Victorian London - Directories - Dickens's Dictionary of London, by Charles Dickens, Jr., 1879 - "CAB-CHA"

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Cabs.—The cab laws of London are now except with regard to the distinctions drawn somewhat arbitrarily here and there between four-wheelers and hansoms, very simple and easy to be remembered. The main points to bear in mind are: that luggage carried outside is always to be paid for; that hansoms, though charged at the same rate as "growlers" when hired by distance—which is almost the on]y time when there is any particular gain in hiring them— cost 6d. an hour more when hired by time, and 8d. an hour more when standing still; and that you cannot make a man drive you about by the hour for more than one hour at a time. As for calculating fares, that must depend entirely on our own power of judging distance. Some people when in doubt take the driver's ticket and tell him to name his own fare; and when he is satisfied that he will be summoned if he be found to have overcharged, the plan is no doubt efficacious. The difficulty is to impress that conviction on his mind. A better plan is to judge by the time occupied and at will be found that about 1d. per minute is fair to both parties For 15 minutes 1s. 6d. should be paid, but 14 minutes may be taken to be within the 1s. This is not an official rate, but it will save trouble and generally prove right. It is as well to start with the clear understanding that, doubtful character as cabbie too often is, he is really by no means so black a sheep as be is sometimes painted. A hirer should always observe the number of a cab. If he leave any property in a cab be will possibly find it next day at the Lost Property Office, Great Scotland-yard, when, on payment of a percentage on the estimated value as a reward to the cabman for his honesty, he can obtain it back again. The following are the fares and general regulations as laid down by the Commissioners of Police:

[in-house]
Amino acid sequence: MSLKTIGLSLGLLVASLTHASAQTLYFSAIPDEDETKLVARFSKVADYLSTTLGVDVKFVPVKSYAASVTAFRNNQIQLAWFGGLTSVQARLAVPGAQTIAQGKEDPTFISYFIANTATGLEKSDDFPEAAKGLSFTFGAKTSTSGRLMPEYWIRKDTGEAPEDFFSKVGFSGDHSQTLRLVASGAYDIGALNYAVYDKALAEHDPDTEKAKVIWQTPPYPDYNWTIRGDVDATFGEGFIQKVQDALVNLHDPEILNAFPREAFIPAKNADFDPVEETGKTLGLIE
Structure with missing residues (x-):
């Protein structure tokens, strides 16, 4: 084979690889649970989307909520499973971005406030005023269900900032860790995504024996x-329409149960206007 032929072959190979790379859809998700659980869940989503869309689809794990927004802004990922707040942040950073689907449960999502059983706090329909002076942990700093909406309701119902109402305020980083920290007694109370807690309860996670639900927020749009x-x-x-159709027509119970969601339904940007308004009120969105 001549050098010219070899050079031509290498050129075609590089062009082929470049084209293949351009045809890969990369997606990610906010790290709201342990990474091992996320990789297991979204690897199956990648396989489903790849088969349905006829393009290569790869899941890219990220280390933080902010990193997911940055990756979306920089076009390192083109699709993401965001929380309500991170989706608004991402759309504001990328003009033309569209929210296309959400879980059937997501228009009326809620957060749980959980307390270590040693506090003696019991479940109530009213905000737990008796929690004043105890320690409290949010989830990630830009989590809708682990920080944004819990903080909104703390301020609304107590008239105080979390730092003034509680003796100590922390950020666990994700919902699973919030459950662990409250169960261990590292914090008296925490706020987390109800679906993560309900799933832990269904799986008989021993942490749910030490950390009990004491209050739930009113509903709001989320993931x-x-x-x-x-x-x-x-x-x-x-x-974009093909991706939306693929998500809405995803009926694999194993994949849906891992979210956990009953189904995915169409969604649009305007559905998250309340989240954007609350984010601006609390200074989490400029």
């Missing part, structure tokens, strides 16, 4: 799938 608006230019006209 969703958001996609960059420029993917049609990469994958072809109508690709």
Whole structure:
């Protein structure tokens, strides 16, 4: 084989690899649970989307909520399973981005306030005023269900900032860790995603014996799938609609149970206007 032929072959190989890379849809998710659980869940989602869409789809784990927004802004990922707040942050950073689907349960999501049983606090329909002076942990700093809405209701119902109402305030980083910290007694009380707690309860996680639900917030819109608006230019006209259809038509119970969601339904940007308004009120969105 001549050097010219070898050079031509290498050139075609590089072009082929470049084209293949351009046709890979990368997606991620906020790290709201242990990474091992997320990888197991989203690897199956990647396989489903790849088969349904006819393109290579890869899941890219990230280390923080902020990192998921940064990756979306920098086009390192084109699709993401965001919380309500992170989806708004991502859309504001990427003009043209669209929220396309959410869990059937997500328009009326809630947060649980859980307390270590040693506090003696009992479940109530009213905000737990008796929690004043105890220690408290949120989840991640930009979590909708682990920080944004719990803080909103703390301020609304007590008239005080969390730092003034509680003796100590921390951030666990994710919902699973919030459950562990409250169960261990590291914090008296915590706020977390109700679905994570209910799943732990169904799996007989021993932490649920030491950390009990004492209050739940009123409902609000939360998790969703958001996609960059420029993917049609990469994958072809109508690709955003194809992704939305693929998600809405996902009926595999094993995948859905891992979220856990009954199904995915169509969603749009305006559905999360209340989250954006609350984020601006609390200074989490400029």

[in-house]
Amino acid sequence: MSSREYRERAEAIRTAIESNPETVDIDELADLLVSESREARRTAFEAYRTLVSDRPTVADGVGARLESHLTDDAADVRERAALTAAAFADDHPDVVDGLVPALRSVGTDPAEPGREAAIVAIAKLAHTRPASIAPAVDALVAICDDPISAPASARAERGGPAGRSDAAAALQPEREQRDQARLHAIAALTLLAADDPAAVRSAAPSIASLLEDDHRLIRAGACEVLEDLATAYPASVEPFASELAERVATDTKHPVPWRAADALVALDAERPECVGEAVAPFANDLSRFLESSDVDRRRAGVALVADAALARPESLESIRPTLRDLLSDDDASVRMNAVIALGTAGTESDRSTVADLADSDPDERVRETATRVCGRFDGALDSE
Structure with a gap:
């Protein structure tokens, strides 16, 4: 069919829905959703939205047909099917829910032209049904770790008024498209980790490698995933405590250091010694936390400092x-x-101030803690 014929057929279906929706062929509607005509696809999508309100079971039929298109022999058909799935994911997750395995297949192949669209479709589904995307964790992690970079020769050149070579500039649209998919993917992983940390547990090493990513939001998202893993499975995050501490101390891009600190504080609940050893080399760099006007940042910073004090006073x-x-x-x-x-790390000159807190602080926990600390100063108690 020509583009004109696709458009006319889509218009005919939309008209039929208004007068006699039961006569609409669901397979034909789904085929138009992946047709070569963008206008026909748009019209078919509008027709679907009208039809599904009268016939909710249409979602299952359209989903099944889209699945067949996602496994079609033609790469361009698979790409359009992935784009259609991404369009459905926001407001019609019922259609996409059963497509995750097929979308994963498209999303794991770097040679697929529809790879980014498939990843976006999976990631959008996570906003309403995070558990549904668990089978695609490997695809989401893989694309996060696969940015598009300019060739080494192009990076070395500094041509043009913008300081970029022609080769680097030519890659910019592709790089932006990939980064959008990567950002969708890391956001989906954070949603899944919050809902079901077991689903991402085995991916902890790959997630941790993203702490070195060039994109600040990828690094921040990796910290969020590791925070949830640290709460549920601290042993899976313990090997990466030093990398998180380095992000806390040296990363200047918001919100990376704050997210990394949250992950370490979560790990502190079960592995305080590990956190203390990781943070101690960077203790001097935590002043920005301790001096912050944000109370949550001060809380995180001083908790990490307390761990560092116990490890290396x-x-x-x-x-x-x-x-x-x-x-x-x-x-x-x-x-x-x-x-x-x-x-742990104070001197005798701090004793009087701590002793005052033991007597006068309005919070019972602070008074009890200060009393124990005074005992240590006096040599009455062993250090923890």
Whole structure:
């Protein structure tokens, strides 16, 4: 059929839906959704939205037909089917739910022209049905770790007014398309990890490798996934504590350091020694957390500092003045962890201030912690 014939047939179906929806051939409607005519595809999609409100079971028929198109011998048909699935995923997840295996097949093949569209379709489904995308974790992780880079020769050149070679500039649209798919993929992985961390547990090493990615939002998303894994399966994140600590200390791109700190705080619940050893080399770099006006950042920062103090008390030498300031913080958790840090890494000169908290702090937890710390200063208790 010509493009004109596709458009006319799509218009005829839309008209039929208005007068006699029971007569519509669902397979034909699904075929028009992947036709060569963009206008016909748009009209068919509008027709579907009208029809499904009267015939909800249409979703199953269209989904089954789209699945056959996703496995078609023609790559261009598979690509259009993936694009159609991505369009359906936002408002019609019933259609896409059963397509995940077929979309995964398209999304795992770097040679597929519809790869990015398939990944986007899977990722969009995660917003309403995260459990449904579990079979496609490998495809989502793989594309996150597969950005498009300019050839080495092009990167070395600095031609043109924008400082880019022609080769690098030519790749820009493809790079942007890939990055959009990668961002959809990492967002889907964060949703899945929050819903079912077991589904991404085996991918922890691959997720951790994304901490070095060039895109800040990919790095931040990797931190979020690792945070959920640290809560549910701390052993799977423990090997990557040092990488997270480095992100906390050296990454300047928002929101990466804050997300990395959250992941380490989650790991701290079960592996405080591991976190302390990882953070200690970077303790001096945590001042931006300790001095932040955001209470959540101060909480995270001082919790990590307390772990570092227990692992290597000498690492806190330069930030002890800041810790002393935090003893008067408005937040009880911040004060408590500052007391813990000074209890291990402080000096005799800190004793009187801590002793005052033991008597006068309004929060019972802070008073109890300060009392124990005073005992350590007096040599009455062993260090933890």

If hired and discharged within the four-mile circle, for any distance not exceeding two miles – 1/-
… and for every additional mile of part of a mile – 6d